Back when there wasn't quite as much science to popularize, Francesco Algarotti was the popular science writer of his day -- the 1700s -- and Isaac Newton was the guy whose theories he was intent on making accessible to the masses. His book, despite its title --
Newtonianism for Ladies
-- wasn't just for women either.
"He wanted women to be a part of the [readership], but the intent was to make a book that was accessible to a wide, regular audience," says James Lennox, professor in the Department of History and Philosophy of Science at the University of Pittsburgh. In fact, Lennox says, that's also the intent of a new lecture series and publishing endeavor about to be undertaken with help from a $600,000 grant from the A.W. Mellon Foundation.
Lennox and the department's fellow faculty are ranked fifth in the U.S. by the prestigious Philosophical Gourmet
report, tied with Harvard and right behind NYU, Rutgers, Princeton and Michigan. The Mellon grant is intended to help Pitt bring greater attention to its strongest academic offerings. It will fund fellowships in the department and Pitt's World History Center, in addition to the new lecture series chronicling how Algarotti popularized Newton's theories, which will be the basis for new University of Pittsburgh Press publications. Paula Findlen, a professor of Italian history at Stanford, will give the first three free lectures Oct. 22-25.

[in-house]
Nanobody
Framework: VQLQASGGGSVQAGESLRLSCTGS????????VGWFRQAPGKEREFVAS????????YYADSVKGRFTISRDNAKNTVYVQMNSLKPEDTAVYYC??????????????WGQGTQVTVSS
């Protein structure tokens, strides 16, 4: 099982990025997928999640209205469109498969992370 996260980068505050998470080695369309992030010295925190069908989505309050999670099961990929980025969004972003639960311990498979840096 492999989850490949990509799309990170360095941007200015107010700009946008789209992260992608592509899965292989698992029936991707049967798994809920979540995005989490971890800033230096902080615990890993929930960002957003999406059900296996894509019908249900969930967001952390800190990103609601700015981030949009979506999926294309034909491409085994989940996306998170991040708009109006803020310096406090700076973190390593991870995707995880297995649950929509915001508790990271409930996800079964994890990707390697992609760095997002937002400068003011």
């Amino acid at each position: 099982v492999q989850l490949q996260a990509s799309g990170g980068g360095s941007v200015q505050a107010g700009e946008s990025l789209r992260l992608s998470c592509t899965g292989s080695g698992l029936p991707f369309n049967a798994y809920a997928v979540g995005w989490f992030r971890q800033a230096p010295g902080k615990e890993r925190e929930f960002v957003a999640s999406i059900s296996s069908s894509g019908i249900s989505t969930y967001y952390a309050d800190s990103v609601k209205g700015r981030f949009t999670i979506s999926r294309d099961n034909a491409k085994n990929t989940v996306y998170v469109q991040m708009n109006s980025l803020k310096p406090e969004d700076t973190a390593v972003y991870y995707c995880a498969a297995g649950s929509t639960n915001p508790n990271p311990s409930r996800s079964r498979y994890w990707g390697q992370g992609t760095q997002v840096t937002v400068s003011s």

Algarotti's era, Lennox says, "was only 100 years or so after people were becoming educated enough that scientific [books] were written in the vernacular rather than Latin," which had reached only the elite. And although his department's focus may sound daunting to some, the department's undergrad courses regularly pack them in, Lennox reports. Thus, echoing Algarotti's hopes, he says, what the department desires for these and future lectures in the series is to reach the widest possible audience.
Writer: Marty Levine
Source: James Lennox, University of Pittsburgh Department of History and Philosophy of Science